October 28, 2018

Alan Jacobs has recently (How To Think) used CS Lewis’s essay on the “Inner Ring” to explain what has happened to political discourse in the US. Lewis began his essay by citing a passage from Tolstoy, which revealed an informal hierarchy, an “inner ring,” within the overt organizational structures of the Russian army. He provided a sketch of the phenomenon from Tolstoy’s description: “The [informal hierarchy] is not printed anywhere. Nor is it even a formally organised secret society with… Read more

October 26, 2018

A brief overview of key elements of the thought of Rene Girard. Mimetic desire. Desire isn’t individual; it doesn’t emerge from isolated individuals. It’s mimetic. We desire what we see others desiring. This is the basis for the advertising industry; it’s obvious in any day care center, when children try to play with toys that other children are playing with; it’s evident in many of the romantic stories of Western literature (from Chaucer’s Knight’s Tale to Shakespeare and on). Models, the… Read more

October 26, 2018

A brief, sketchy outline applying the quadriga to various topics of Leviticus. The quadriga. Fourfold sense: Literal, allegorical, tropological, anagogical. Examples: Jerusalem; David and Goliath. Strengths *Implies a Christology, an ecclesiology, an ethics, and an eschatology *Allegory and tropology. *Faith, hope, love built into hermeneutical. Quadrigizing the sanctuary. Literal: *Zones and furnishings, according to the pattern (Exodus 25:40). *God’s house. *Tent of appointment. Allegory: What we believe *Christ tabernacled in flesh. *Christ the temple. *Ruin and raising of temple. Tropology:… Read more

October 23, 2018

With Saudi Arabia in the news following the murder of journalist Jamal Kashoggi, there’s an opening for rethinking the US relation with Saudi. The following is an excerpt from my 2012 Between Babel and Beast. Numbers and details may be somewhat outdated, but the main points stand. In August 2011, the Pew Research Center released a report on global restrictions on religion.  The Pew analysis divided restrictions on religious liberty into two categories. The analysis analyzes governmental efforts to control… Read more

October 22, 2018

Gotta love Mary Midgley. She died on October 10 of this year, a month after her 99th birthday. To the end, she did philosophy with a rare degree of common sense and wit. She begins The Myths We Live By, published when she was a mere octogenarian, by explaining how myths function in science, and provides a light takedown of the obsession with machine imagery: “machine imagery, which began to pervade our thought in the seventeenth century, is still potent… Read more

October 18, 2018

Martyrdom is the true resistance to the powers and principalities that rule in heavenly places. Witnesses broke the old creation order. Martyrs shattered the Roman world, so that God’s throne was set up in Europe and began shaking things. Early Christians were witnesses against the religious foundations of Rome. Rome existed because of a “social contract” between gods and Romans; as long as the Romans honored their gods, the gods would give Rome success. Christians broke the social contract by… Read more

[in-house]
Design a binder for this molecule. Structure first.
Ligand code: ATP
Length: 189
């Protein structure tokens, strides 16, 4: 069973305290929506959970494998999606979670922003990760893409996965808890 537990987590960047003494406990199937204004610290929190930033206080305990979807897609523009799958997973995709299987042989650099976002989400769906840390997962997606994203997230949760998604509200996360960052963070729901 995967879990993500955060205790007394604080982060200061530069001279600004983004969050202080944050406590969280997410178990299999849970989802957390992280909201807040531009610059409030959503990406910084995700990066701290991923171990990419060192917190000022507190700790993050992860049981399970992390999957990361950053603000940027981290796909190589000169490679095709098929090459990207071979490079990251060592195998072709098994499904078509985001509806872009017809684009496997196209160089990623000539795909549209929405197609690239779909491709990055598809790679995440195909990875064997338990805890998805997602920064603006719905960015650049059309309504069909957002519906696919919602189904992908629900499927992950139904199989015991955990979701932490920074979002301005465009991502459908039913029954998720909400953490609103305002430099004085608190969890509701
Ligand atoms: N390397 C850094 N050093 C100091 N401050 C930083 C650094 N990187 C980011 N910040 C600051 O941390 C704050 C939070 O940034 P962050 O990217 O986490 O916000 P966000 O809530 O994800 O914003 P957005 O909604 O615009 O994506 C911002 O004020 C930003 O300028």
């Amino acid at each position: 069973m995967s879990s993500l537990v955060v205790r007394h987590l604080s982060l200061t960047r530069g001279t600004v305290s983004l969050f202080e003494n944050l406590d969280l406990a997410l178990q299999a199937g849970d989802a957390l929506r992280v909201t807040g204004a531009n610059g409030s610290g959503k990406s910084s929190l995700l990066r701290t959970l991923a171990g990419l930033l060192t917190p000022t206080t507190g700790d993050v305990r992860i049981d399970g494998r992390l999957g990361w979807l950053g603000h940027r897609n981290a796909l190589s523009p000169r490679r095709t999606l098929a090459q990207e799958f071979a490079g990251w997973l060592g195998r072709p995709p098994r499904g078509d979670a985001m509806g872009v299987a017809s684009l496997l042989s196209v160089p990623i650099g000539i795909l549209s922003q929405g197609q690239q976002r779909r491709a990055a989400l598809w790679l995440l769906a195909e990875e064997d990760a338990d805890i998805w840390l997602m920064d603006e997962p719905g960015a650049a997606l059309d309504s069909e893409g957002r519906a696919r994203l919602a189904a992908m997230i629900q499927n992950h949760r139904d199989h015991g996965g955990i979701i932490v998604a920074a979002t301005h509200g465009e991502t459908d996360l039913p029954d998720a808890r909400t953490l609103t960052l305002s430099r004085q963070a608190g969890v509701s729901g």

October 17, 2018

There were, of course, varieties of Enlightenment, some more favorable to tradition than others, but what Jonathan Israel has called the “Radical Enlightenment” won, and they were the most hostile to traditional social and political forms. The Radical Enlightenment was committed to absolute freedom – from the past, from limits, from anything that stood in the way of critical reason. As Adam Ferguson, a moderate rationalist, saw it, the radical enlighteners were like “an ambitious architect who aspires to tear… Read more

October 16, 2018

God speaks and light appears. He separates light and darkness, assigns names to each, and judges the whole to be good. Next day, He’s at it again, speaking, separating, assessing, judging. And so it goes throughout the days of creation: With an insistent, incantatory rhythm, God speaks, sees, names, judges. Poetic yes, but more fundamentally, creation unfolds as the enacted poetry of liturgy. From the first pages of Scripture, before we know much of anything about God, we know He’s… Read more

October 15, 2018

Jean-Marie Schaeffer (Art of the Modern Age: Philosophy of Art from Kant to Heidegger (New French Thought Series) has a blast pointing out the contradictions in Kant’s aesthetics. Most of them arise from Kant’s insistence that the judgment of taste is founded on “the form of a finality” that excludes any specific end. That is, aesthetic judgment responds to the sheer form of finality, not to any particular purpose of the object judged. This is in a sense just a teleological… Read more

October 11, 2018

John Rawls begins his Theory of Justice with what he describes as a “standard” social-scientific concept of rationality: “a rational person is thought to have a coherent set of preferences between the options open to him. He ranks these options according to how well they further his purposes; he follows the plan which will satisfy more of his desires rather than less, and which has the greater chance of being successfully executed” (25). But there is one deviation from the… Read more

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